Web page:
Global: The global Covid death toll has passed 5.7 million, with a figure of 5,740,187 according to researchers at Johns Hopkins University. Meanwhile, infections have passed 390 million to a world wide figure of 394,995,479.

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US: Covid -19 infections have now passed 76 million. Meanwhile, the US coronavirus death toll has increased to more than 902,000 according to Johns Hopkins University data.

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New York state passed a marker in the decline of the latest viral surge: the percentage of tests returning positive is the lowest since the World Health Organization declared Omicron a variant of concern, on 26 November. New infections reported on Sunday were 5,680, with the percentage positive at 3.52%. Other measures of the Omicron surge remain elevated: Hospitalizations are roughly double the level of late November, and deaths are roughly four times as high.

More US schools are likely to begin lifting mask mandates soon as the overall risk from the Omicron wave eases, said Scott Gottlieb, former commissioner of the Food and Drug Administration. “We can start to lean forward and take a little bit more risk and try to at least make sure that students in schools have some semblance of normalcy for this spring term,” Gottlieb, a Pfizer Inc. board member, said on CBS’s “Face the Nation.” “A lot of kids haven’t really known a normal school day for two years now.”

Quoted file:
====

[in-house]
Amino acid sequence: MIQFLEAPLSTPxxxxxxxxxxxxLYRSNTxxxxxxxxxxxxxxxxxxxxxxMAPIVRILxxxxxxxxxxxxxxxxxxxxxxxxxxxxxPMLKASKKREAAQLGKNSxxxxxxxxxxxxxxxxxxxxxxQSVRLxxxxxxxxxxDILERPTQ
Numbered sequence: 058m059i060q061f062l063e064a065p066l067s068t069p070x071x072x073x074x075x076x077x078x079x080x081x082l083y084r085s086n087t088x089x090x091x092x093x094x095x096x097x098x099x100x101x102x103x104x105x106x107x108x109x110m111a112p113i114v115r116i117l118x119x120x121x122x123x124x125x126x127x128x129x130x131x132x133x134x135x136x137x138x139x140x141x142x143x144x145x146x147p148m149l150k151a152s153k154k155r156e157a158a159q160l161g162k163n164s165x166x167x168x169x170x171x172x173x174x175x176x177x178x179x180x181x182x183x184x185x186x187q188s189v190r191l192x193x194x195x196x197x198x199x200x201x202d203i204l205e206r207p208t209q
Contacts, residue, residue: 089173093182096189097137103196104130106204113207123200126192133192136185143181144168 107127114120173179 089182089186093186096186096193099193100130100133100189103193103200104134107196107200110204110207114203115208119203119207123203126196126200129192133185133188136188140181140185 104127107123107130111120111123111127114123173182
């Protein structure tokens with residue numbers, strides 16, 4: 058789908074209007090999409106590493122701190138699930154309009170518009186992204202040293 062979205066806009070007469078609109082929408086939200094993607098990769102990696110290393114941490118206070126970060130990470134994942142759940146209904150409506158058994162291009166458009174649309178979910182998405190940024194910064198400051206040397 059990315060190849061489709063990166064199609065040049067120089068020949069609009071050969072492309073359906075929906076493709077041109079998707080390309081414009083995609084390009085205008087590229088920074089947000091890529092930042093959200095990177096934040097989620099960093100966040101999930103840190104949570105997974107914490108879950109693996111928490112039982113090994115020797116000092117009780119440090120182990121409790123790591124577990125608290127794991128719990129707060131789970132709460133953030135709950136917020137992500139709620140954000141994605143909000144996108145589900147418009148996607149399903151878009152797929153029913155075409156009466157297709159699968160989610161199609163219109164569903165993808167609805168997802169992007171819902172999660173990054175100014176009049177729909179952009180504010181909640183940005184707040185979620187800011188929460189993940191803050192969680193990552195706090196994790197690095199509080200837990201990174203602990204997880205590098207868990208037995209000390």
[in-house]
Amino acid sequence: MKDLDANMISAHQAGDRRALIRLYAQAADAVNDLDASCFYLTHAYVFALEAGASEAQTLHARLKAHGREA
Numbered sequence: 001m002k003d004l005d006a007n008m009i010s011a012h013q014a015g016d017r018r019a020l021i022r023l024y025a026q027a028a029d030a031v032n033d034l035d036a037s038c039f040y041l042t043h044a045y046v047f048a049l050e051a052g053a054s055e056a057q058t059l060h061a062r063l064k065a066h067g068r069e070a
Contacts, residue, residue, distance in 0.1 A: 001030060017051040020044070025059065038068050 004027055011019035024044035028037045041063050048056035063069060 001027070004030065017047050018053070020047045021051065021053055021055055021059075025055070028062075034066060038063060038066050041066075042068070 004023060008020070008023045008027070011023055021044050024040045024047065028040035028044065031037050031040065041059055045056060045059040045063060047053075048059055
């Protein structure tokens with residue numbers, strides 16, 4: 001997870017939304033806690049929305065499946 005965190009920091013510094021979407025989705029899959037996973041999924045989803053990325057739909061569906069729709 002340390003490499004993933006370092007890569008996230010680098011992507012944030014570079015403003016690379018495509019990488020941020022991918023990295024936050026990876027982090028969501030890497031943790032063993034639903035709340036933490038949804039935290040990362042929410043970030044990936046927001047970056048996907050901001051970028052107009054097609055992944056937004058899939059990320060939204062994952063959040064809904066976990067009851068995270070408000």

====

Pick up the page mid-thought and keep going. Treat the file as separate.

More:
Canada: The mayor of Canada’s capital has declared a state of emergency as protesters opposed to Covid-19 restrictions continued to paralyse central Ottawa. Jim Watson said the declaration highlights the need for support from other jurisdictions and levels of government.


UK: The UK reported another 54,095 Covid cases on Sunday, the lowest figure since 12 December. Infections have been declining since the Omicron wave peaked in early January, with the seven-day average down 5% to 83,474. Another 75 fatalities were reported Sunday. The country has stopped requiring those who test positive on lateral-flow devices to confirm the result with a laboratory PCR test. However, reinfections are also included as of last week.

UK travellers have been warned to check their half-term holiday plans to make sure they meet Covid vaccination rules when travelling to EU destinations as a growing number of countries impose new restrictions.

Meanwhile, Prime minister Boris Johnson’s desperate efforts to save his premiership have been undermined with one of his most loyal backbench supporters saying it was now “inevitable” that Tory MPs would remove him from office over the “partygate” scandal.

Asia pacific